For decades, the question of temporal scarcity has been debated and analyzed in essays and books. But an original idea transhumanists are putting forth is reinvigorating the debate. It doesn’t discount temporal scarcity in biological humans; it discounts it in what humans will likely become in the future—cyborgs and digitized consciousnesses.

Continue reading “Eliminating Death Doesn’t Mean Life Will Get Boring” »

Jun 13, 2023

How to bring back the dead

Posted by in categories: biotech/medical, computing, ethics, internet, quantum physics, transhumanism

Here’s my new article for Aporia Magazine. A lot of wild ideas in it. Give it a read:


Regardless of the ethics and whether the science can even one day be worked out for Quantum Archaeology, the philosophical dilemma it presents to Pascal’s Wager is glaring. If humans really could eradicate the essence of death as we know it—including even the ability to ever permanently die—Pascal’s Wager becomes unworkable. Frankly, so does my Transhumanist Wager. After all, why should I dedicate my life and energy to living indefinitely through science when, by the next century, technology could bring me back exactly as I was—or even as an improved version of myself?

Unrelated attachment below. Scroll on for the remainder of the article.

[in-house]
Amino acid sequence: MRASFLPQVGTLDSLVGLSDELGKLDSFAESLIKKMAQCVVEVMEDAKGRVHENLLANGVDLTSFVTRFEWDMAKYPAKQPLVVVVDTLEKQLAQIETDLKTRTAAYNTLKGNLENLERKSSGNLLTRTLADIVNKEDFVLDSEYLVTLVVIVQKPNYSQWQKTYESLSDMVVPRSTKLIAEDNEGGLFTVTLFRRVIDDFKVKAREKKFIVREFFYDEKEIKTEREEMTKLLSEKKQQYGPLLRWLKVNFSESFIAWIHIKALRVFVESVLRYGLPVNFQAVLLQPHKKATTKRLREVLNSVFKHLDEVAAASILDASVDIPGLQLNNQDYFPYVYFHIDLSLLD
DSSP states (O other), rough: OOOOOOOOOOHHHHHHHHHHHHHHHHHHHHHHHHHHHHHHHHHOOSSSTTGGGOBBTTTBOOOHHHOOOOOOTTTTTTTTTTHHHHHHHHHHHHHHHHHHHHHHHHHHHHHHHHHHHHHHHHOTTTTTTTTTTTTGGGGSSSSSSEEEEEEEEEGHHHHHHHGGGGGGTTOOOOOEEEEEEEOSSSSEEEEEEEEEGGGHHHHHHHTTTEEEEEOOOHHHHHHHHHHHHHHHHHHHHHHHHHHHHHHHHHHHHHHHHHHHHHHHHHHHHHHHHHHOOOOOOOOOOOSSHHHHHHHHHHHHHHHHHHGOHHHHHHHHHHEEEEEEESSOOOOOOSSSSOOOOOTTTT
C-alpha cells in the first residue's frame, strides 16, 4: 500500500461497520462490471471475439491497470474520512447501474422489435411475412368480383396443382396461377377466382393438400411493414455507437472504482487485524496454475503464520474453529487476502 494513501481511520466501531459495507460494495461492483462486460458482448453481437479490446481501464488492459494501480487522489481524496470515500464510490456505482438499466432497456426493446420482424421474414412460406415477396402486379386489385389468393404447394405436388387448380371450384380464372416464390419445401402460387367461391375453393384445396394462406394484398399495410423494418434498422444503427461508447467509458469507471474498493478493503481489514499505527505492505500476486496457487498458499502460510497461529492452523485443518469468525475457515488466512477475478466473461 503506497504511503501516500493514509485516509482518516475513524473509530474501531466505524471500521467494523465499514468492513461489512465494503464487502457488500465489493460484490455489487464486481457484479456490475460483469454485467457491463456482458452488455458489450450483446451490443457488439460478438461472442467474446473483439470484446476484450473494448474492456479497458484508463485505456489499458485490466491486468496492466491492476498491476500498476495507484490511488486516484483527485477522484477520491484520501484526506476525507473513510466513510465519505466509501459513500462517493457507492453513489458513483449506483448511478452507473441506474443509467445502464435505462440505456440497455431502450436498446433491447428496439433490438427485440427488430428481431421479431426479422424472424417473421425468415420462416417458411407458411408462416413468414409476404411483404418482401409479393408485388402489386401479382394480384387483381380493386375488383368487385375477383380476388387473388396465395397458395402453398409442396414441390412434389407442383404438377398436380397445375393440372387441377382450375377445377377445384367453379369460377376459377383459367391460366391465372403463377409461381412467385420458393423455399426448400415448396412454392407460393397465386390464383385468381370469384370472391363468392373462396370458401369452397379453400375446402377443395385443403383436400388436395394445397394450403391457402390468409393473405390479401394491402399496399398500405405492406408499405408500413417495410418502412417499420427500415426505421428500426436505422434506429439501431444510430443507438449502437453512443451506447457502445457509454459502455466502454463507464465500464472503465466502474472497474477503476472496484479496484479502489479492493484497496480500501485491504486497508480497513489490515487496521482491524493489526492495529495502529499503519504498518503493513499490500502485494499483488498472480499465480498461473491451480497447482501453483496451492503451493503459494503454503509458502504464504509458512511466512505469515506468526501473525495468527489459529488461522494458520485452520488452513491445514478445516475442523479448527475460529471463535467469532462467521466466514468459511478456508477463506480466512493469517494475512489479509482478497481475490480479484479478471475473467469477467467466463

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Jun 10, 2023

Team develops magnetic microrobots with folate to promote targeted drug delivery to cancer cells

Posted by in categories: bioengineering, biotech/medical, cyborgs, transhumanism

The limited ability of microrobots to assist drugs in entering cells hinders their therapeutic efficacy. To address this, a research team, reporting in Cyborg and Bionic Systems, has introduced the cancer-targeting molecule folic acid (FA) to microrobots to promote drug uptake by cancer cells via receptor-ligand-mediated endocytosis. This results in a drug delivery system that can locate lesion areas with magnetic fields and deliver loaded drugs into the cytoplasm through endocytosis.

Untethered microrobots have shown remarkable achievements in various fields such as minimally invasive surgery, , environmental remediation, and tissue engineering. Magnetic field actuation is a widely used method due to its good biosafety, deeper tissue penetration, and high temporal and spatial control.

However, practical problems arise when microrobots delivering drugs may only be able to deliver the drugs to the area around the cells but cannot assist the drugs to enter the cells. This limitation could potentially reduce the effectiveness of the treatment since the drugs may not reach the intended targets within the cells.

Jun 10, 2023

Should we take evolution into our own hands and become transhuman?

Posted by in categories: bioengineering, cyborgs, evolution, genetics, neuroscience, transhumanism

Worth a listen to understand the current reality and the future potential:


Go to https://ground.news/sabine to stay fully informed on breaking news, compare coverage and avoid media bias. Subscribe using my link to get 30% off the Vantage plan for unlimited access.

Continue reading “Should we take evolution into our own hands and become transhuman?” »